Anyone who says social media and the finance industry are not a good match clearly hasn’t seen a Facebook page with multiple active discussions about business accounting or Twitter threads on how to troubleshoot or use the special features of an accounting software. The same applies to people who assume that LinkedIn is the only platform for accountants and accounting firms because it has a “formal” environment, unlike in Facebook and Twitter where users are more candid with one another.
Assuming that an industry should only be closeted in specific social media sites and not in others can grossly limit the reach of a campaign and diminish its potential even before it can even fully kick in. Also, keep in mind that millions of people are active on multiple social media sites:
Facebook: 2.2 billion active users
YouTube: 1.9 billion
Instagram: 1 billion
TikTok: 500 million
Google+: 430 million
Twitter: 330 million
Given these numbers, accountants and firms that skip on social media marketing would be missing out on a lot of things: a cost-effective avenue for marketing your accounting firm, paid and organic features for targeted marketing, wider audience reach, branding opportunities, and more leads and conversions.
It’s normal to have apprehensions about marketing campaigns because nothing is ever guaranteed. Take comfort in the fact, however, that many accounting professionals, organizations, and companies have already found success in social media marketing.
If you’ve yet to have a solid marketing plan for your accounting firm, take your cues from these professionals and thought leaders who are killing it on Twitter, Facebook, and LinkedIn. Their social media marketing methods are mostly different, but they share one thing in common: they focus heavily on trust and community building.
Kelly Phillips Erb (@Taxgirl)
A tax lawyer and senior contributor for Forbes, she writes articles on tax policy and relevant news and publishes them on www.TaxGirl.com. She has a reputation for writing highly informative and timely articles for practicing tax accountants. She shares links to her published articles on Twitter, where she currently has 42.5K followers.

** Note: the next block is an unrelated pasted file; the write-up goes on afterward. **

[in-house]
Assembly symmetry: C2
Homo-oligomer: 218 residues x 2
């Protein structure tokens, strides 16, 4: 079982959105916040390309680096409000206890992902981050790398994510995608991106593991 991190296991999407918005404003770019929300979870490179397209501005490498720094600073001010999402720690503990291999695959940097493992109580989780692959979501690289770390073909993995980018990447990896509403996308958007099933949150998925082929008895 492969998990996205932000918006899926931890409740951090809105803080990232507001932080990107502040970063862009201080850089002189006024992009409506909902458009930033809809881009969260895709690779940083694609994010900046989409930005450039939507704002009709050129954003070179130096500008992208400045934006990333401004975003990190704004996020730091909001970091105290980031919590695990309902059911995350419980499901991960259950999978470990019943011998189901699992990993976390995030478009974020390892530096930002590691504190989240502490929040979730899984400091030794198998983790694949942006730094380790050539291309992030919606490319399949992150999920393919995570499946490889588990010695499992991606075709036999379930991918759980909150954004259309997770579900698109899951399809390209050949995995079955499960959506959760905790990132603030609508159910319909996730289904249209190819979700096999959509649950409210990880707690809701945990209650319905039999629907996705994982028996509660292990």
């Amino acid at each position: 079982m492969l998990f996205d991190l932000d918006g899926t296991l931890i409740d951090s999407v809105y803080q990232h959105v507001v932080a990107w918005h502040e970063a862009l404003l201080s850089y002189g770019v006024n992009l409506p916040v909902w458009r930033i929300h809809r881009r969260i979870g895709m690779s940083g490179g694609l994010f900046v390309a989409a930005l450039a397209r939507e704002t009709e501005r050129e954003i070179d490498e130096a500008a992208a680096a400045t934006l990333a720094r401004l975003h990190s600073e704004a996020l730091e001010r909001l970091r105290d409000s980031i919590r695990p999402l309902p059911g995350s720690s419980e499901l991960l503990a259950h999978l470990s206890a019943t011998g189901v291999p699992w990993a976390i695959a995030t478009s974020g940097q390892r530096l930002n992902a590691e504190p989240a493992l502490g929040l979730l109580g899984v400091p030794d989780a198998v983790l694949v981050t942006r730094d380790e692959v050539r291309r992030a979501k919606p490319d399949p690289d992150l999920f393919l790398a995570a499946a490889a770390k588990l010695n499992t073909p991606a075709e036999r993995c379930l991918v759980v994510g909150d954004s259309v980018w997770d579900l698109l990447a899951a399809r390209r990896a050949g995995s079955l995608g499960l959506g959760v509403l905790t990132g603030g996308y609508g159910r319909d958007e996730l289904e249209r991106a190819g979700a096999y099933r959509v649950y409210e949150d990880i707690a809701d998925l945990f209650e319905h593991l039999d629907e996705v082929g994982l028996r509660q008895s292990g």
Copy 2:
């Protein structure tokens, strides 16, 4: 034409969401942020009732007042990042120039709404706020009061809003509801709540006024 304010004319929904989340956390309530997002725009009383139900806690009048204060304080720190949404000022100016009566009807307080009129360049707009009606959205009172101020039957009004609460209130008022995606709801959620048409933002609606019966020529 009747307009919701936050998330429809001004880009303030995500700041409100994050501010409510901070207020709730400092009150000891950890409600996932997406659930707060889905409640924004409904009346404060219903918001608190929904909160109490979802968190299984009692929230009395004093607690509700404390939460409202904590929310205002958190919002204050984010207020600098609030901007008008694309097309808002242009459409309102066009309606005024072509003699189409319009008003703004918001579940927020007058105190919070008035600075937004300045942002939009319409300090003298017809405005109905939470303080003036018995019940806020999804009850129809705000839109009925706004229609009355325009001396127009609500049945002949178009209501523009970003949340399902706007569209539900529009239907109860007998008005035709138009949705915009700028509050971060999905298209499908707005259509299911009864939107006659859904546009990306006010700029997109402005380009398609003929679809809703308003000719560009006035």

Takeaways: Erb keeps her tweets casual and conversational (sometimes even using text shorthand). Although she mostly tweets about tax matters, she saves the technical jargon for her website and Forbes articles.
Cathy Iconis (@CathyIconis)
Cathy Iconis is the owner of Iconis Group, a bookkeeping firm that uses QuickBooks online software for its services. She started QBOChat, an online community that provides QuickBooks training for accountants and bookkeepers. Although the group is not officially affiliated with the creators of the QuickBooks software, Iconis and QBOChat have become the go-to sources for tips, practice guides, and other helpful materials for QBO users.
Takeaways: Iconis started a community with the goal of helping independent accounting professionals and small businesses. She tweets links to QBOChat’s articles and podcasts and rarely does the same for her firm. It appears that marketing for her firm’s services became secondary, and Iconis focused instead on trust-building and growing the QBOChat community. As a result, she gained her audience’s trust and confidence, and this sends clients to her business.
Richard Rubin (@RichardRubinDC)